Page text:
I also understand I’m in a place of privilege as to where I don’t have a family to support or work in a typical office every day.
But surely all 200+ people on that plane weren’t in dire situations to get to their destinations on time. In the end, they were all delayed another 3 hours anyway, so no one really won here.
Can we be a little more selfless in situations like these? Please, human beings of the world?
These fat cat corporations don’t care about the everyday consumer, which is how they constantly rack up PR nightmare after another.
At the end of the day, we need to look out for each other. And if someone dares to bring up David Dao’s past which has absolutely nothing to do with how he was treated, please find the little X in the corner of your browser. Because, no and goodbye.
Amazing how we treat minorities who get thrust into the spotlight when they’re the victims. Seriously, this video is horrific.
You'd swear David was black with how quick the Internet wanted to vilify him. Click To Tweet
Pretty cool how United got him to say their new slogan over & over again. “Just kill me. Just kill me. Just kill…” pic.twitter.com/YxI2UstJre
— Diane N. Sevenay (@Diane_7A) April 10, 2017
We could continue to count the many ways in which United Airlines royally failed in the decency department, or we could again direct the blame and shame to the officers who exerted unnecessary force during the removal process.
But in contextualizing, it’s important to look at the procedures that led up to this point. And United made a major boo-boo.
So, blah blah blah, archaic fine print BS (aka Contract of Carriage), the airline is legally able to ask people to accommodate their crew members.
But again, when you allow your customers to board, and then realize you’re in the wrong and try to backtrack, then I’m sorry, you can’t find a scapegoat and use fine print to reason with your wrong.
So as of today, Dr. David Dao lawyered up, because duh, and I want y’all to take a look at one of his lawyers:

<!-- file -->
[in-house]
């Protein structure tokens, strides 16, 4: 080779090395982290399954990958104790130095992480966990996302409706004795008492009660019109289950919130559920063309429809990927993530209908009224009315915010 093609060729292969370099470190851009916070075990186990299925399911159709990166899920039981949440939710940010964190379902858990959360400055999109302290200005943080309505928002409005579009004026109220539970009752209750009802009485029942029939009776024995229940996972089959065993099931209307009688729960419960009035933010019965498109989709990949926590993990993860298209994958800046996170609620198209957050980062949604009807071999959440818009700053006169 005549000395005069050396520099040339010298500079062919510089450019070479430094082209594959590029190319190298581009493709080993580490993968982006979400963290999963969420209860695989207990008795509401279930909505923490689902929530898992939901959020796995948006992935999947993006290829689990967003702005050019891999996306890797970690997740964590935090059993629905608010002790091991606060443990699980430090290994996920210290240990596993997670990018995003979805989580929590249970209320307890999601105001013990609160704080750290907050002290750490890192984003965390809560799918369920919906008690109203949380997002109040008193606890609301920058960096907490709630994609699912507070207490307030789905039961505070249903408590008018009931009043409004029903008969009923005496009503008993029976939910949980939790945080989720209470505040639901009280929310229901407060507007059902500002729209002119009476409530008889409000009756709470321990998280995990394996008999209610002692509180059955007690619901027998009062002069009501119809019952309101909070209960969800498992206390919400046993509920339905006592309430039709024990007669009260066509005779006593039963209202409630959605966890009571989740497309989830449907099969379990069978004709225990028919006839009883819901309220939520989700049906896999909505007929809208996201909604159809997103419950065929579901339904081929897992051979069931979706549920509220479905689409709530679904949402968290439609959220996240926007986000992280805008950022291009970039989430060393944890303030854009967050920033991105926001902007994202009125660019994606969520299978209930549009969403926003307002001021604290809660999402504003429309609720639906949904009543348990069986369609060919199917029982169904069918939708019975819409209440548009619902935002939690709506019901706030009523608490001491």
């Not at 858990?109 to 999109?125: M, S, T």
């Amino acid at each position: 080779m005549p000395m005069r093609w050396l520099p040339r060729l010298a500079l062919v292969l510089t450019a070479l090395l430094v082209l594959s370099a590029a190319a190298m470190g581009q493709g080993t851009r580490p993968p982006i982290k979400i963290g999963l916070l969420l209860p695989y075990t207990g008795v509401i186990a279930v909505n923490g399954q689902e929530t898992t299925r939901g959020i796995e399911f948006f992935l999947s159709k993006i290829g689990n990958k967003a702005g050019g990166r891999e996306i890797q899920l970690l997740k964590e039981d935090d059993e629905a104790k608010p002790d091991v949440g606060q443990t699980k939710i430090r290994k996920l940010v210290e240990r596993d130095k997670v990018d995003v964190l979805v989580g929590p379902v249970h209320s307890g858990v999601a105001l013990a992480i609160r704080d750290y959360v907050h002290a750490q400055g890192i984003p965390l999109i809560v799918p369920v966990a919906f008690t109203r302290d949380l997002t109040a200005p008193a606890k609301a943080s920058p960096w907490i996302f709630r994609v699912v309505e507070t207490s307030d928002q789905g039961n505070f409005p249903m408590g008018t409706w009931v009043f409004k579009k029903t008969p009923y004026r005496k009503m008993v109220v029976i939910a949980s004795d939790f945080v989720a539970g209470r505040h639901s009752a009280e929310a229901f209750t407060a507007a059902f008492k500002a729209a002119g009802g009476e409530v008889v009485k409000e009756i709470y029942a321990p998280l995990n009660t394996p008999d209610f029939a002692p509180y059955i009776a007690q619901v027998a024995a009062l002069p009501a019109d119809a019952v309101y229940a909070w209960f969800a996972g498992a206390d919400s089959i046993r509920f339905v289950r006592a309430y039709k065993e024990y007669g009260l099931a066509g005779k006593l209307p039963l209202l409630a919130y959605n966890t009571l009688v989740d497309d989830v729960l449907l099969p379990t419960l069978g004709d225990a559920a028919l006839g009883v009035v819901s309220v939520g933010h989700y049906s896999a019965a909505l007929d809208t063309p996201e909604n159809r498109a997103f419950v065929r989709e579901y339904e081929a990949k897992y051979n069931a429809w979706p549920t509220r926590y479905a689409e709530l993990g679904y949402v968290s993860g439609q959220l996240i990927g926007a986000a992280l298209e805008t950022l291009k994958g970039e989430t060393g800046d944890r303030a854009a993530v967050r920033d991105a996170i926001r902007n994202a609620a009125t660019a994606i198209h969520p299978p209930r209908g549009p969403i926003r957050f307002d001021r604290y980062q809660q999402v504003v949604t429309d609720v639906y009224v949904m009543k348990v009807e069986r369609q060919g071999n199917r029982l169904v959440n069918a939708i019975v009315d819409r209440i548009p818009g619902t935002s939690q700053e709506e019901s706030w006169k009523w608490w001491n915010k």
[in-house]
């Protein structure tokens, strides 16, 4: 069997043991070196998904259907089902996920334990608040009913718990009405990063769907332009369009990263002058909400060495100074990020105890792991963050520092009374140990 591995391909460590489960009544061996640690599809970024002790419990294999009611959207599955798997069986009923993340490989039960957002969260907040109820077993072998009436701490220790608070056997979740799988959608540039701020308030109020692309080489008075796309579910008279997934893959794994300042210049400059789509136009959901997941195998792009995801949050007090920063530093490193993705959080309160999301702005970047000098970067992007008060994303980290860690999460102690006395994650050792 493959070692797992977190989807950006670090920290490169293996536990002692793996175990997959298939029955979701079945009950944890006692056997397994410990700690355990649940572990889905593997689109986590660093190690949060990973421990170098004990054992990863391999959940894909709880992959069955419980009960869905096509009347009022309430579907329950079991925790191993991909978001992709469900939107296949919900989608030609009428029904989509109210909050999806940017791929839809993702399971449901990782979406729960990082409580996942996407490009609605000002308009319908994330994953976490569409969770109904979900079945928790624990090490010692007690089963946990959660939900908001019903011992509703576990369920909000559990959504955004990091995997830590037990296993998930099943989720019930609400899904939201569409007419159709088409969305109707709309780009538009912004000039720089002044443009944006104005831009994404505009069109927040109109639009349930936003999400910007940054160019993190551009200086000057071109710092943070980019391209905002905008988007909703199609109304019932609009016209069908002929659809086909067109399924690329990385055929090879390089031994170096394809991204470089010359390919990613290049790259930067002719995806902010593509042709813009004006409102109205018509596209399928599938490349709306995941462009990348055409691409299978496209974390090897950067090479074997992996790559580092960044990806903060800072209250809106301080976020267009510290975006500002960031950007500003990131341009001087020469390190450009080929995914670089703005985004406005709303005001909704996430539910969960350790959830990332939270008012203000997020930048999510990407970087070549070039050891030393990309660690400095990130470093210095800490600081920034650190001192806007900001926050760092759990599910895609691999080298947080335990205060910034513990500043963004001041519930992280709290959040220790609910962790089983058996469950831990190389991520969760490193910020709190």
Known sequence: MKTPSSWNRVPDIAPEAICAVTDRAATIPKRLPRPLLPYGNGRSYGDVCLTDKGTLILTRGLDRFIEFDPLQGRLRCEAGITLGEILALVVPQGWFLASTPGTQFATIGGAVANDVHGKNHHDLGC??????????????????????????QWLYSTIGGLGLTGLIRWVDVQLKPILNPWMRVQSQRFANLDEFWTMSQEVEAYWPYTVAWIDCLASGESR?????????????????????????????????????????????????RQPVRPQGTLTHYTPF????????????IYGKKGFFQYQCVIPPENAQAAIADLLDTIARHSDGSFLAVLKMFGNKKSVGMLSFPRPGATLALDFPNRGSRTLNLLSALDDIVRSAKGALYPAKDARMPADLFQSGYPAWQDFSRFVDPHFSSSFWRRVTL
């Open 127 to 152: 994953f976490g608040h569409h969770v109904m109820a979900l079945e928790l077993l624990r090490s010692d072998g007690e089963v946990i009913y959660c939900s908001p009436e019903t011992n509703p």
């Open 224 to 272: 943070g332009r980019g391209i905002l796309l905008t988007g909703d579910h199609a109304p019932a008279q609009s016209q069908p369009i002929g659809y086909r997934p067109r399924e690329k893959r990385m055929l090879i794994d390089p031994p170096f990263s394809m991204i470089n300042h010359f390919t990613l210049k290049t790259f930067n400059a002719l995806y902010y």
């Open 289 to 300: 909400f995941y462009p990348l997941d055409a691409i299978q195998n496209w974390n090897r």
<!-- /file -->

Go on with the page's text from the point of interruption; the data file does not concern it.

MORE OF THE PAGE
First of all, Thomas’ headshot even looks petty. Like, is he flipping off the camera? SIR. You know he will sue you for millions.
His eyes look like they’re ready to pierce the soul of United’s market value from now until forever.
I can’t wait to see how much David gets from this — and I will shamelessly request a share, because it took time to write this article, ha.
So I enjoy following people like Lee Abbamonte on Facebook, because he doesn’t beat around the bush when it comes to weighing in on controversial topics within the travel industry.
Yesterday morning he shared the e-mail that was passed along to all United Airlines employees which was a piss poor attempt from United’s CEO, Oscar Munoz, at trying to do damage control.
He’s made a few more statements since, but I don’t care to include them here, because first impressions are everything, and did you not think that one of your employees wouldn’t pass this e-mail along to further expose your foolery?
Granted, we weren’t on that flight, so before the record button was pressed, we don’t know what was said or done.
But come on, it’s not hard to look at the context clues.
They treated him like a perceived threat, rather than a paying customer.
The CEO called the passenger “disruptive” and “belligerent”. Shall we look up the definition of “belligerent” together?
Your training video is belligerent, sir.
Seriously, where’s Kendall Jenner with her humanitarian-boosting Pepsi when you need it?